Overloaded Storage Facilities Likely to Mean Even Lower Oil Prices

Source: By Benoit Faucon and Summer Said, Wall Street Journal • Posted: Thursday, March 19, 2020

A coming surge of Saudi oil could push prices to $10 a barrel or less, say analysts

A storage tank at an oil refinery in Nigeria. The Saudi-Russian price war has already driven down crude prices. Photo: temilade adelaja/Reuters
 Storage facilities around the world are brimming with cheap oil and could run out of space within months, traders and analysts say, a predicament that could drive down crude prices to unprecedented single-digit dollar amounts.

As the global response to the coronavirus pandemic saps oil consumption with factory closures and travel restrictions, the Saudi-Russian price war has caused crude prices to plummet by half to around $28 a barrel this month.

A flood of oil from Saudi Arabia and rival producers is expected to enter the market next month, adding to a surplus of oil that could overwhelm global storage. As markets struggle to find places to stockpile excess crude, “the prospect of single-figure prices…is now pretty inevitable in the coming months,” London-based consultancy FGE Energy said in a recent note.

The big wave of extra crude will hit Western economies just at a time when they are likely to feel the full force of the coronavirus outbreak, creating a surplus as large as 10 million barrels of oil per day in the April-June period, said Warren Russell, commodities strategist at Bank of America.

That means oil inventories could climb by more than 900 million barrels in the three months beginning April. As a result, “oil prices might have to trade down into the teens in order to shut in oil production,” Mr. Russell said.

One overwhelmed oil-storage facility in the Egyptian desert, filling up with Saudi crude, portends the ominous months ahead for global crude markets.

Saudi Arabia has booked all remaining storage capacity at Egypt’s Sumed pipeline infrastructure that starts in Ain Sukhna on the Red Sea and ends in Sidi Kherir on the Mediterranean, oil traders and officials said. Middle East exporters use the facility, which has a storage capacity of 12 million barrels, as a transit point to export oil to Turkey, Greece, France, Italy and Spain.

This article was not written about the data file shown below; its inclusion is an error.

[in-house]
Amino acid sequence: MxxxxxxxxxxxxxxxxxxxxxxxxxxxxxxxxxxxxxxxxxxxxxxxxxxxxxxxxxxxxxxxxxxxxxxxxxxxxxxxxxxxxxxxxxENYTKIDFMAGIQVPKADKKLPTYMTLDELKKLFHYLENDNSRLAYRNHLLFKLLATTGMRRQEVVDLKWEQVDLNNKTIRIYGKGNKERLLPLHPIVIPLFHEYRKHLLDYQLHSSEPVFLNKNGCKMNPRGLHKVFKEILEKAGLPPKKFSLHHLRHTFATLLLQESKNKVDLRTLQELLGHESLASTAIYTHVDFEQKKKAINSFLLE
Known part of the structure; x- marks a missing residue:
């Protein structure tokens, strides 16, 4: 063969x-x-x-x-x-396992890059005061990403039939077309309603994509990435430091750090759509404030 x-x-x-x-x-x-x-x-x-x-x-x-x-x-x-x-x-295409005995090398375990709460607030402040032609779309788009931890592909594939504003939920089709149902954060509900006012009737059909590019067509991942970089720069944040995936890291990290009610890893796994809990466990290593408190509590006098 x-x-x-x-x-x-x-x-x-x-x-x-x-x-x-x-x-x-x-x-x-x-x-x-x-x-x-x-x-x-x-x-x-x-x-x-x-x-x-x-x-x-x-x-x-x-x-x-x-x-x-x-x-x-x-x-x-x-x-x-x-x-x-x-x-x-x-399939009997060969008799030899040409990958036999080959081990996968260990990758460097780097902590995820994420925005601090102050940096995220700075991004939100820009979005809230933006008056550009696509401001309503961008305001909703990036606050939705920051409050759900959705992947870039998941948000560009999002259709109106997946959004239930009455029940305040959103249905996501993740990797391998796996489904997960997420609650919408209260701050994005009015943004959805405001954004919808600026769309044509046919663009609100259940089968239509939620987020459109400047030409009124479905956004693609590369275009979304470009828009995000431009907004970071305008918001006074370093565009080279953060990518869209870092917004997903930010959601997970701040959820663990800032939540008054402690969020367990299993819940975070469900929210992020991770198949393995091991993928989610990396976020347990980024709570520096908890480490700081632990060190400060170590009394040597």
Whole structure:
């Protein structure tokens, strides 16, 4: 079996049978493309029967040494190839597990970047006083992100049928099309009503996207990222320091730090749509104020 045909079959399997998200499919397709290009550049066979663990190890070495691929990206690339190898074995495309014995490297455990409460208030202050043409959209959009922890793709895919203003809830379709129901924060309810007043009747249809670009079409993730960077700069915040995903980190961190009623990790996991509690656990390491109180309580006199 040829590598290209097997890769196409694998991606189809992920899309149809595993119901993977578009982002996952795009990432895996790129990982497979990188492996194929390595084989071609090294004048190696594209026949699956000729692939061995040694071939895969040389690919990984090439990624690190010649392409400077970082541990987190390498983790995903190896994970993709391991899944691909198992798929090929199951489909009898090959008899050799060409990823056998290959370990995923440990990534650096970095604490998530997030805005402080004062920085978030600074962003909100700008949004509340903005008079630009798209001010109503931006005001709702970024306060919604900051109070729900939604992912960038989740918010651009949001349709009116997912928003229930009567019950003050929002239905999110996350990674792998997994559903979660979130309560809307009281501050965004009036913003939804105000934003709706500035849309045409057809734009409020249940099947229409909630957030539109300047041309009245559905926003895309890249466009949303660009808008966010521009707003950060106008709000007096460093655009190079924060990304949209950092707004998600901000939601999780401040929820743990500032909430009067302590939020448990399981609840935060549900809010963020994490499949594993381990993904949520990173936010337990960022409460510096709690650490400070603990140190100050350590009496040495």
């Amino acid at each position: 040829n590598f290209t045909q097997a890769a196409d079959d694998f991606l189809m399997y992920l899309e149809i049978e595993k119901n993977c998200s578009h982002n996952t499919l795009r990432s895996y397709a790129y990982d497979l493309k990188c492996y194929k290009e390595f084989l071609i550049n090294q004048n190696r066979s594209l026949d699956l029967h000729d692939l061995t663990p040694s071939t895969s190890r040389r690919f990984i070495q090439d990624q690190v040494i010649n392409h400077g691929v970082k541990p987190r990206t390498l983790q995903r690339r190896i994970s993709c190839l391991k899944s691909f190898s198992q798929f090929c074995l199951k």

Saudi Arabian Oil Co., known as Aramco, is selling crude for delivery next month to Southern Europe at some of its most aggressive discounts—with reductions of $7 a barrel. Last week, an oil trader who tried to book storage of over one million barrels at the facility was told there was no space available.

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The fight for market share will make oil markets the most-oversupplied in over 30 years, said Norwegian bank DNB in a recent note. Even before the Saudi-Russian price war began, oil buyers had been warehousing large amounts of fuel on the high seas.

The expected surge of Saudi oil comes after Russia refused to join Saudi-backed production cuts earlier this month in response to the coronavirus outbreak. Saudi Arabia slashed its prices and said it would hike oil production by two million barrels a day to regain market share from Russia and U.S. oil producers.

As countries like the U.S., France and Italy have heavily restricted travel abroad and within their territories, oil-industry executives say the excess oil from Saudi Arabia and rivals trying to defend their market share—such as fellow Gulf producers, Russia and Nigeria—is, in many cases, going into storage as traders are buying the oil cheaply to refine it later.

With rising supplies combining with declining demand, global oil storage could fill up within four months, said Antoine Halff, the chief analyst of Paris-based consultancy Kayrros, which tracks global storage by using satellite imaging. “It’s a chess game played with a timer and each player has a very short time slot to make his moves,” he said.

China, the U.S. and India—the world’s three biggest oil consumers—are considering procuring inexpensive oil to fill their strategic reserves.

Beyond European-focused facilities like Sumed, traders have also been scrambling for storage space in places like Cushing, Okla., and Fujairah in the United Arab Emirates. In Shandong, the main hub serving Wuhan—China’s coronavirus epicenter—storage is now more than two-thirds full, according to satellite-data consultancy Ursa Space Systems. Ursa said that was the highest level it had seen since it began recording the data in December 2017.

Some operators are increasingly turning to midsize oil transport ships, called Suezmaxes, to store oil. But the costs have increased sixfold to $330,000 a day since the beginning of the month, making such an option increasingly less attractive.

The mounting glut means the Saudis and others will have to keep cutting oil prices, industry watchers say.

In Northwest Europe, for instance, where Aramco cut its main prices for April orders by the most, the combination of higher shipping costs and lower Brent means the Saudis would have to cut their prices by at least $5.50 if they want to remain competitive with others selling into the region.

The Saudi decision to pump to the fullest amid collapsing demand is a “kamikaze” strategy, said an official from one of the countries in the Organization of the Petroleum Exporting Countries.

OPEC officials and oil experts say the coming storage crisis is likely to drive Saudi Arabia and Russia back to the negotiating table to seek a deal on production cuts.

—David Hodari and Sarah McFarlane contributed to this article.